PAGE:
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Saturday, 15 August 2020

Journey to Financial Independence

On India’s Independence Day, let me tell you my journey of financial independence.

When I was in class 11, my father, who was the sole earning member of our family, became seriously ill and had to leave his job, one where he had worked for over 25 years. Our family came face-to-face with a massive financial setback. From being reasonably well off to suddenly barely making ends meet, was a massive shock to my psyche.

When I started my job after finishing my engineering, a friend gave me a book which changed the trajectory of my life. Robert Kiyosaki’s Rich Dad, Poor Dad. The book talked about financial freedom and drilled in me the fact that depending on a salaried job is not going to make me either financially independent or wealthy. It stressed on becoming either a business owner or an investor as a way out.

Now, no one in our family had ever run a business. At 22 years of age, with no understanding of business and no money and parents to support, starting a business was out of the question. The only way left was becoming an investor. I came up with the same problem here as well. No one in our family had ever invested in the share market. I practically knew nothing. But as luck would have it, I was working in an IT company and had access to the internet after office hours on our project manager’s desktop (Odd as it may sound now, that is how it was in 2000!!)

I started reading up whatever I could on equity investing. I opened an online trading account, something that was just being launched around that time.  I started reading up all the research reports I got from the brokerage. I read all (and I literally mean all) the articles in investpedia.com and fool.com. I used to have trouble even with basic terms. I did not know what EPS meant or what book value was. So, I started taking notes and learning.

I was always an avid reader and I started devouring books on investing. It was like a new world had opened in front of me. I discovered a person called Warren Buffett. He seemed to talk sense. Plus he had made this humongous amount of money. So, he became my first role model. Later I discovered Charlie Munger who has been an equally big influence on my life. Later on discovered many stalwarts in the investing world and tried to learn as much as possible about them. So, the journey started. Buying stocks, making mistakes, learning, reading, reflecting on the process of investing. This went on in cycles.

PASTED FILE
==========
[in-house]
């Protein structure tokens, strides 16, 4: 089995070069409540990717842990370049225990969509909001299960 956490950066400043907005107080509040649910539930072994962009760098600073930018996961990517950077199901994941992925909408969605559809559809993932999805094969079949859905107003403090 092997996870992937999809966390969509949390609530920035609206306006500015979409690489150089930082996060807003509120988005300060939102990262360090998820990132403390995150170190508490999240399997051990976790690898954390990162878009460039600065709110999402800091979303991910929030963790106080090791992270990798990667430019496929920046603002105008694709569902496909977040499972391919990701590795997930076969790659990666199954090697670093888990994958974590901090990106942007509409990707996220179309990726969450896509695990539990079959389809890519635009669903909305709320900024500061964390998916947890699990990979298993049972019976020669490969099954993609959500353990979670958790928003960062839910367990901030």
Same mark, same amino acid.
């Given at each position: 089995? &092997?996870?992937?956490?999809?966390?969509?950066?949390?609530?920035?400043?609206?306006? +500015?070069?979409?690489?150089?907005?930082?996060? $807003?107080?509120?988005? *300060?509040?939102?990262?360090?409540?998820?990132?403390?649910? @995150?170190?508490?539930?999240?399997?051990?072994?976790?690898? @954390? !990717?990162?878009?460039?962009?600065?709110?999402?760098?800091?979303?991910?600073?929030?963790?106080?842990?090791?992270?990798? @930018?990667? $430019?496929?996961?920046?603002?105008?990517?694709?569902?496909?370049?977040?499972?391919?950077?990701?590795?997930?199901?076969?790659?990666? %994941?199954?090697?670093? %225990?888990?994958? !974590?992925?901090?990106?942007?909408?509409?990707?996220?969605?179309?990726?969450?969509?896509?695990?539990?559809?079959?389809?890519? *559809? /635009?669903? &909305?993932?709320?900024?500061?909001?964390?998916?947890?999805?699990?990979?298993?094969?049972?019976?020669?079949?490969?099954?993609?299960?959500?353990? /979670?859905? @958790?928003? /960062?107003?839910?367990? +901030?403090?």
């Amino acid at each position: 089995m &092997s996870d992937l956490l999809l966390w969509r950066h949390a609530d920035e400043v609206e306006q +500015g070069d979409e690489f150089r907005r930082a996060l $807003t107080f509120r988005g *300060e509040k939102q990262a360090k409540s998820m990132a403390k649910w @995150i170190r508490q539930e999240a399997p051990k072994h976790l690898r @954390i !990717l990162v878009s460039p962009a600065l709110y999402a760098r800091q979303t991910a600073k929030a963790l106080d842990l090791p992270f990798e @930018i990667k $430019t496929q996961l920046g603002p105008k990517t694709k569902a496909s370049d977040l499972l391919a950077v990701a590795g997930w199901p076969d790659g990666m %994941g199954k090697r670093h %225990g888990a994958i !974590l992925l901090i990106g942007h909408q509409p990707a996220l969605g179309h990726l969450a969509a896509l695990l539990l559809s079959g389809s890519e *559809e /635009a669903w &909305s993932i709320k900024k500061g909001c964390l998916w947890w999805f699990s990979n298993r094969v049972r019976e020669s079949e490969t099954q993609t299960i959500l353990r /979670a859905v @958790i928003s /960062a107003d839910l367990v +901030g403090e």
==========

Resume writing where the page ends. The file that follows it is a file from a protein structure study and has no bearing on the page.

I had internalised the concepts of compounding and had gravitated towards buying quality companies which would compound well over time. I started investing with five thousand rupees and used to put in a couple of thousand every month.

The concept that I can be a part-owner of a business and participate in the profits of an enterprise fascinated me. I have always loved to follow the life and narratives of great businesses and business people. With history as one of my favourite subjects, I loved reading up on market history and finding patterns woven in the tapestry of past events that resonate even today.

Due to family commitments, I could not add any additional capital in my portfolio after 2010. But the 8th wonder of the world, compounding, kept working and by around 2017, I was well on my way to being financially independent. It took another 2 years to convince my family to leave my job and becoming “just an investor”.  Then I started the advisory, again against the warnings from quite a number of close friends and well-wishers. But that’s a story for another day!!

Investing has given me freedom – financial and that of time. I know of no other way one can create serious wealth without having a lot of money to start with. It just requires patience, hard work, discipline in learning and an open mind to learn from one’s own and mistakes of others. Investing is a creative pursuit. The best thing about investing is, you enjoy the process and get handsome rewards while doing something you love!

Wish you all a Happy Independence Day. May you take a small step towards becoming financially independent yourself.


Abhishek Basumallick is the Head of the equity advisory www.intelsense.in for long term wealth creation and a pure quant focused newsletter at www.quantamental.in. Nothing in the article should be construed as investment advice. Please do your own due diligence before investing.


  1. Can you suggest atleast 10 books

  2. http://blog.intelsense.in/p/blog-page.html

  3. Generally accepted norm is 25X annual expenses in US and 35-40X annual expenses in India. Do you also swear by this?

    1. I don't swear by anything!! :-)

      Best option is to do your own calculation based on how you want to deploy your capital. If you put the money in bank FDs, see how much would be required to get your monthly expenses covered.